“Because there’s a storm on the way,” Drew said, sounding a little testy as he dabbed more hot sauce onto his Spanish omelet, “and there’s no way the glazing’s going to dry before it gets here. That’s why. If you want an inch of rainwater all over your bathroom floor, that’s your business, but personally, I’d wait until it passes.”
Normally I don’t make a habit of eavesdropping on my customers’ conversations, but then normally Drew Hartwell didn’t use his cell phone in the café. He was good about following the rules that Ed, the Mermaid’s manager slash owner, had listed by the cash register:
NO SHOES, NO SHIRT, NO PROBLEM.
USE YOUR CELL PHONE? GET OUT.
One person who isn’t so good at following the rules? Me. The last one, anyway.
“Beckham!” Ed bellowed at me from behind the counter. I whipped around and saw him glaring at me. He jerked a thumb at my cell phone, then the glass side door. “Take it outside if it’s that important.” His irritated gaze fell on Drew, who happened to be his nephew, but whom he still treated like any other customer. “You, too.”
Drew held up a calloused palm, nodding as he slid off his orange vinyl counter stool and headed toward the door, his phone still clutched to his chin. “Look,” he said to whoever was on the other end of his call. “I get it. But you’re going to have the window boarded up anyway. So it’s not going to make any—”
The rest of his conversation was lost as he stepped outside.
Sorry, I mouthed to Ed. Then, to Caleb, I said quickly, “Listen, I’m at work. I never should have picked up in the first place. I only did because . . . because . . .”
Why had I picked up, especially since Caleb and I hadn’t spoken in months? Maybe because it was eight o’clock in the morning, and he never called this early. I’d assumed it was an emergency, only not an emergency concerning him.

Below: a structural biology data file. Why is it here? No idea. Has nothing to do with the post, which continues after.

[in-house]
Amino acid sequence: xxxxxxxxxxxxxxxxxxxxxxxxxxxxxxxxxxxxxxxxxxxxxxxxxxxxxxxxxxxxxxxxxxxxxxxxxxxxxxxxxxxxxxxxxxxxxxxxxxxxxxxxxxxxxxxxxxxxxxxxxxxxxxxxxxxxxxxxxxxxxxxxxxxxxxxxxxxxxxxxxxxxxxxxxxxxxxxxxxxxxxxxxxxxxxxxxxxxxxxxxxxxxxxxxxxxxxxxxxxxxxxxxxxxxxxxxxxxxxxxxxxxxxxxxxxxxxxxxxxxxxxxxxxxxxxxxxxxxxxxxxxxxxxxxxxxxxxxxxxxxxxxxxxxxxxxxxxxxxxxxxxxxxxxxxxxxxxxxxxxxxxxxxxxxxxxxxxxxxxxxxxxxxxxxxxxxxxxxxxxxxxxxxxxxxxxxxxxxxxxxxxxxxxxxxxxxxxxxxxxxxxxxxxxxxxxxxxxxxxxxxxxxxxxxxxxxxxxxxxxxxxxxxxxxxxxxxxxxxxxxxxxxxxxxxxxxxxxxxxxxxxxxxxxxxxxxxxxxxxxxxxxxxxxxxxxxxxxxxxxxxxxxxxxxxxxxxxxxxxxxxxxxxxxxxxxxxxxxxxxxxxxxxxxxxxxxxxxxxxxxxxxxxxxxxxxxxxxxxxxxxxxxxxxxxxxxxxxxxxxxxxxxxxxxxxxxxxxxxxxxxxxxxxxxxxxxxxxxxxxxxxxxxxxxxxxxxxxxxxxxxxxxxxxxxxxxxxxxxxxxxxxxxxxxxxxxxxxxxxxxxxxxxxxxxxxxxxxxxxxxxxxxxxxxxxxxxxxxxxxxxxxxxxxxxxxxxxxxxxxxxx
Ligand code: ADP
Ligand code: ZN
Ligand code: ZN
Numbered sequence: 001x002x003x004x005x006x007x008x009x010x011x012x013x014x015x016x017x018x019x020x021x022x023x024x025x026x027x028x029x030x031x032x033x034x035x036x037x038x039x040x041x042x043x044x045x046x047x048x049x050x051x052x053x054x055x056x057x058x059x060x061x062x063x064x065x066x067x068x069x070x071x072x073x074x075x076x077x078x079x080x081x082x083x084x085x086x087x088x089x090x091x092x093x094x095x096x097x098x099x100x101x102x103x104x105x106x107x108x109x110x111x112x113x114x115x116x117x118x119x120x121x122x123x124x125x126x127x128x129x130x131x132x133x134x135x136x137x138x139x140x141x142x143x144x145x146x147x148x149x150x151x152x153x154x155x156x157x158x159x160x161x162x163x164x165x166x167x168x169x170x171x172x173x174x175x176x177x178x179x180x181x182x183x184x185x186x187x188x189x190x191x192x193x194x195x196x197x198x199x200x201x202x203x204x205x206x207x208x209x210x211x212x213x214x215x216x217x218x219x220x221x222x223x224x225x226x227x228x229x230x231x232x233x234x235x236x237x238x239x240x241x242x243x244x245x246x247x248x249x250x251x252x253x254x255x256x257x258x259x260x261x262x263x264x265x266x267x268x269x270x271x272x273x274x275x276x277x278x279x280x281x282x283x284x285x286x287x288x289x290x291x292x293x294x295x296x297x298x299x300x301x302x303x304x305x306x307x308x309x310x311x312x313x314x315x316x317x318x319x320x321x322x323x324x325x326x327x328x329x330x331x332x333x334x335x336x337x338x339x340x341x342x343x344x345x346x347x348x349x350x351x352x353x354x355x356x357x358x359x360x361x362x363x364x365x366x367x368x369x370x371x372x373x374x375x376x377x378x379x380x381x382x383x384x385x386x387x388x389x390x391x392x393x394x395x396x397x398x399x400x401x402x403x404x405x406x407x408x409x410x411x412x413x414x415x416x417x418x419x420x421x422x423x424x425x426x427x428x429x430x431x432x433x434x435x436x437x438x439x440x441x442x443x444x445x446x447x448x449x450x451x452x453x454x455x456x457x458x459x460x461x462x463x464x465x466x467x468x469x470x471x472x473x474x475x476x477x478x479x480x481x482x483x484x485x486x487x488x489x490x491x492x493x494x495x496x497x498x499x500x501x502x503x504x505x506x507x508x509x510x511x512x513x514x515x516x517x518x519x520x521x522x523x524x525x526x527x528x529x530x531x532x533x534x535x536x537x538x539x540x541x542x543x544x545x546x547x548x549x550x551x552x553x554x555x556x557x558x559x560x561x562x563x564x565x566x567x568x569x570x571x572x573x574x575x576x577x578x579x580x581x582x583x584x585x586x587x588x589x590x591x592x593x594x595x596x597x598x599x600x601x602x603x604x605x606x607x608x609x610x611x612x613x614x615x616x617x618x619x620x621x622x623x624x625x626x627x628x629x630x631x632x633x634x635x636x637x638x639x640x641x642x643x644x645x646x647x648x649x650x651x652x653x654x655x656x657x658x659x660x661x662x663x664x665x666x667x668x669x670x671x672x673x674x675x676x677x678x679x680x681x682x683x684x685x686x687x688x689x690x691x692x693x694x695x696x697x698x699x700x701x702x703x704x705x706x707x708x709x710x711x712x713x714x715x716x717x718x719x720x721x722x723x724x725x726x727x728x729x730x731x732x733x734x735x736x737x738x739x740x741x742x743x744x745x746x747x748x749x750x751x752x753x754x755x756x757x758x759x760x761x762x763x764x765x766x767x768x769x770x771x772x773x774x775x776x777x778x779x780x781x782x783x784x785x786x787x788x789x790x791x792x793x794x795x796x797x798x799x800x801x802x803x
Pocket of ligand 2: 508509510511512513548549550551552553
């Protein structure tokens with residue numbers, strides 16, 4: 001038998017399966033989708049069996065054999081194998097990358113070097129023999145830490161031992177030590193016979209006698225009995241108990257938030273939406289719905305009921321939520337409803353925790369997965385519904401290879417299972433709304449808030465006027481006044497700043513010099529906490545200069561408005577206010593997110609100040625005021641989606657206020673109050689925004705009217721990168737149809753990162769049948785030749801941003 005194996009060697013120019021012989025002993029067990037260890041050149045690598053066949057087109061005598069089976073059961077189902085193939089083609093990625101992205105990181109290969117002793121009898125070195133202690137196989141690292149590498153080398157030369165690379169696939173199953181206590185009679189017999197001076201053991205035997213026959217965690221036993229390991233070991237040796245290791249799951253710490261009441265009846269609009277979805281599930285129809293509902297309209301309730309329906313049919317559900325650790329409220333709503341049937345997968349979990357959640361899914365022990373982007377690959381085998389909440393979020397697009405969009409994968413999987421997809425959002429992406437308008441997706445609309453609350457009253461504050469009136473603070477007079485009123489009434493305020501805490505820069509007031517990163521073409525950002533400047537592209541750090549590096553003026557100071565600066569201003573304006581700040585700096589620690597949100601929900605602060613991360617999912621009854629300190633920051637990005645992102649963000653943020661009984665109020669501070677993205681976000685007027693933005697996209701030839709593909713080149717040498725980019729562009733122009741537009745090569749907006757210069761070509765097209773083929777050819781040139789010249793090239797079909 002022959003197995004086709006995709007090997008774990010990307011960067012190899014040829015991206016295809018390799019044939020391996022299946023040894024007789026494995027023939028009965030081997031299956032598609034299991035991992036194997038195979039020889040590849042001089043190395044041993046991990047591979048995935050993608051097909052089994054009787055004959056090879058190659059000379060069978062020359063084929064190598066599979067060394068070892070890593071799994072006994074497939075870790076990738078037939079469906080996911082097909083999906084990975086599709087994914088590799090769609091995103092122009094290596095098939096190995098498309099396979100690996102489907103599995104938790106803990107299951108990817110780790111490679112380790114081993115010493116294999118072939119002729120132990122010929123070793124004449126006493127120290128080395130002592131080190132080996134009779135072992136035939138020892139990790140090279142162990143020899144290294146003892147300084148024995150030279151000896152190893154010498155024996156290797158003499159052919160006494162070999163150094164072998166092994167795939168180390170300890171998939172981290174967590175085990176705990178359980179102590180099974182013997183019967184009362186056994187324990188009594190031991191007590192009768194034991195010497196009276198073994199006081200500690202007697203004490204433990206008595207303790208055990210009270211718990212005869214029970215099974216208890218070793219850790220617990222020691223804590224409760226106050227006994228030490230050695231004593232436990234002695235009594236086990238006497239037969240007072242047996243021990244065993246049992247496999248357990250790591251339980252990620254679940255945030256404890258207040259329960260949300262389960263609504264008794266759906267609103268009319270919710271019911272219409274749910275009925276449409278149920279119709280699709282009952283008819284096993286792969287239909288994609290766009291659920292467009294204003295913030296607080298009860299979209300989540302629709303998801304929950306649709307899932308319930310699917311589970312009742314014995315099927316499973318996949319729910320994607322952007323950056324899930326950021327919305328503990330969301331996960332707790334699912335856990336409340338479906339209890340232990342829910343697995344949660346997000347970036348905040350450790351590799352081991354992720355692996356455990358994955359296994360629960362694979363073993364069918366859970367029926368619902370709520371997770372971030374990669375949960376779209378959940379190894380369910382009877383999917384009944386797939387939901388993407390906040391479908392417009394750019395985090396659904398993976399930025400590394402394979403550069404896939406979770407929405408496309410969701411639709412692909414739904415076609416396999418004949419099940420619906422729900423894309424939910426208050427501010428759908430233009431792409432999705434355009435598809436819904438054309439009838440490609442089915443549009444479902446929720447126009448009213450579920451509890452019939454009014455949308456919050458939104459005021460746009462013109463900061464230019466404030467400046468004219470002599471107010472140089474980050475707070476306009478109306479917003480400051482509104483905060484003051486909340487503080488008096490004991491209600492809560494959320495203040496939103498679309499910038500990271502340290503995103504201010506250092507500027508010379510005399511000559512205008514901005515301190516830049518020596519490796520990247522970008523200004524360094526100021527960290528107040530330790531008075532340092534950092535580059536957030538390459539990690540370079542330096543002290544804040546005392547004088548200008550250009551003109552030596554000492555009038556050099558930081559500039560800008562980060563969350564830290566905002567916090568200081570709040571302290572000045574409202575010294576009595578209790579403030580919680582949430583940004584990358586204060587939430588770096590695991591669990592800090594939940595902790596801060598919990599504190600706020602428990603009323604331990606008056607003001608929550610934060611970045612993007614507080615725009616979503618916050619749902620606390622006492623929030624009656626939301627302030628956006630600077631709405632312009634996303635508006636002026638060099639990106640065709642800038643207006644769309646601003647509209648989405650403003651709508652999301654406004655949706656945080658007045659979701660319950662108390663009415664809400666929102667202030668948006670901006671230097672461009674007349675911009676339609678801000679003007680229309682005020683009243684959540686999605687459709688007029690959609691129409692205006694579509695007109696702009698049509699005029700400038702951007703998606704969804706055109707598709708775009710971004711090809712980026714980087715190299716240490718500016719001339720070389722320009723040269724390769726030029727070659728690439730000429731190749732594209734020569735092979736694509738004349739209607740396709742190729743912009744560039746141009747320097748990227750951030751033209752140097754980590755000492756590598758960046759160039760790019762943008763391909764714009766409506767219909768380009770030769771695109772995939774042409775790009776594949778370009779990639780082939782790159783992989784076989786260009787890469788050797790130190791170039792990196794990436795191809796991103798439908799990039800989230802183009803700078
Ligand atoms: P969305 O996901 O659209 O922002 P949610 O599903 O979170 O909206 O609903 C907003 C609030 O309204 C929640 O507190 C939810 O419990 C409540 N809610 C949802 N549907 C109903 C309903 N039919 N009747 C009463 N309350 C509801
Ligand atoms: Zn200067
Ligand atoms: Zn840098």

“Look,” I said. “If that’s all you wanted, I’ll talk to you later, okay?” As in, never.
“No, Sabrina. I’ve got to talk to you now. The thing is, your mother—”
I knew it. My pulse quickened. “What about her? Is there something wrong?”
“She’s fine. But she’s the one who’s been bugging me to phone, since you won’t pick up when she calls.”
My heartbeat slowed. Of course. I should have known. Caleb would never have called, let alone volunteered to fly fifteen hundred miles to get me of his own accord . . . not after the way we’d ended things. Or not we, exactly, considering the fact that I was the one who’d packed up my things, handed my keys to his doorman, and left, making me, technically, the one who had ghosted.
But not really. What else could I have done? What kind of relationship had the two of us even had? Not one I’d wanted anything to do with anymore.
Now I was heading for the door again—the Mermaid’s side door. A rush of humid, saltwater-scented air greeted me as I stepped out onto the sidewalk, ignoring the glare from Ed as well as the curious looks my fellow servers, Angela and Nevaeh, threw me. Neither of them could imagine what was